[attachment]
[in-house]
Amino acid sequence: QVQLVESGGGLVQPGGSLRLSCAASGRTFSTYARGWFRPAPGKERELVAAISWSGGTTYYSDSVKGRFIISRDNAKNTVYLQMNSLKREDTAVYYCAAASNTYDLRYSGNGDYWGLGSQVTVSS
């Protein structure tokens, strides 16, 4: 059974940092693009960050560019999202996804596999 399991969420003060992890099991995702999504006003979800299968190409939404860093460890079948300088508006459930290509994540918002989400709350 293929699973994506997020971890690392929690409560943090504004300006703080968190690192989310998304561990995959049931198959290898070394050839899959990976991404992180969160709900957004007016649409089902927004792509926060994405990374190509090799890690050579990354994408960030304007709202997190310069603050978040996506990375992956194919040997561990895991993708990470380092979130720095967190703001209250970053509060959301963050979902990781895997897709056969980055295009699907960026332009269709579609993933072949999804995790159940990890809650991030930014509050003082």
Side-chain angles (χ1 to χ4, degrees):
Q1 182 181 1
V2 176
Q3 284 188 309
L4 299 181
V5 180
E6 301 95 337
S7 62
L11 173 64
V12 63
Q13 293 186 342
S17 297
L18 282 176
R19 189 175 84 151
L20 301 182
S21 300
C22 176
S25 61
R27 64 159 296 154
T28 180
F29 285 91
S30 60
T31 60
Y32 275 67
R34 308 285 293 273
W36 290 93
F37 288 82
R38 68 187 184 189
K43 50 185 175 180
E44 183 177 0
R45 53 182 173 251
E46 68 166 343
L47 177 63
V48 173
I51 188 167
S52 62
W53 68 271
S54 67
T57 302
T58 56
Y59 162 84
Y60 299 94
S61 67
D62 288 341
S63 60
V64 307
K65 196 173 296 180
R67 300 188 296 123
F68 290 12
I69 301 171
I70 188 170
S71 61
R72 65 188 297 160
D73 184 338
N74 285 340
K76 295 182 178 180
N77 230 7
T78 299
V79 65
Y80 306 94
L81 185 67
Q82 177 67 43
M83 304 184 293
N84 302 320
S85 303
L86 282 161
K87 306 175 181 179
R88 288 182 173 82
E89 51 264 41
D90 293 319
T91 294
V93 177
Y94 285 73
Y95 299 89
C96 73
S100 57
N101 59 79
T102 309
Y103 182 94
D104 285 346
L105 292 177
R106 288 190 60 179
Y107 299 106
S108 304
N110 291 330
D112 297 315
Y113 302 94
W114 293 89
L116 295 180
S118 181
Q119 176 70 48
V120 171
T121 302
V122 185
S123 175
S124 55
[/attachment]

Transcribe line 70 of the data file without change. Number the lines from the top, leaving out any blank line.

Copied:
K87 306 175 181 179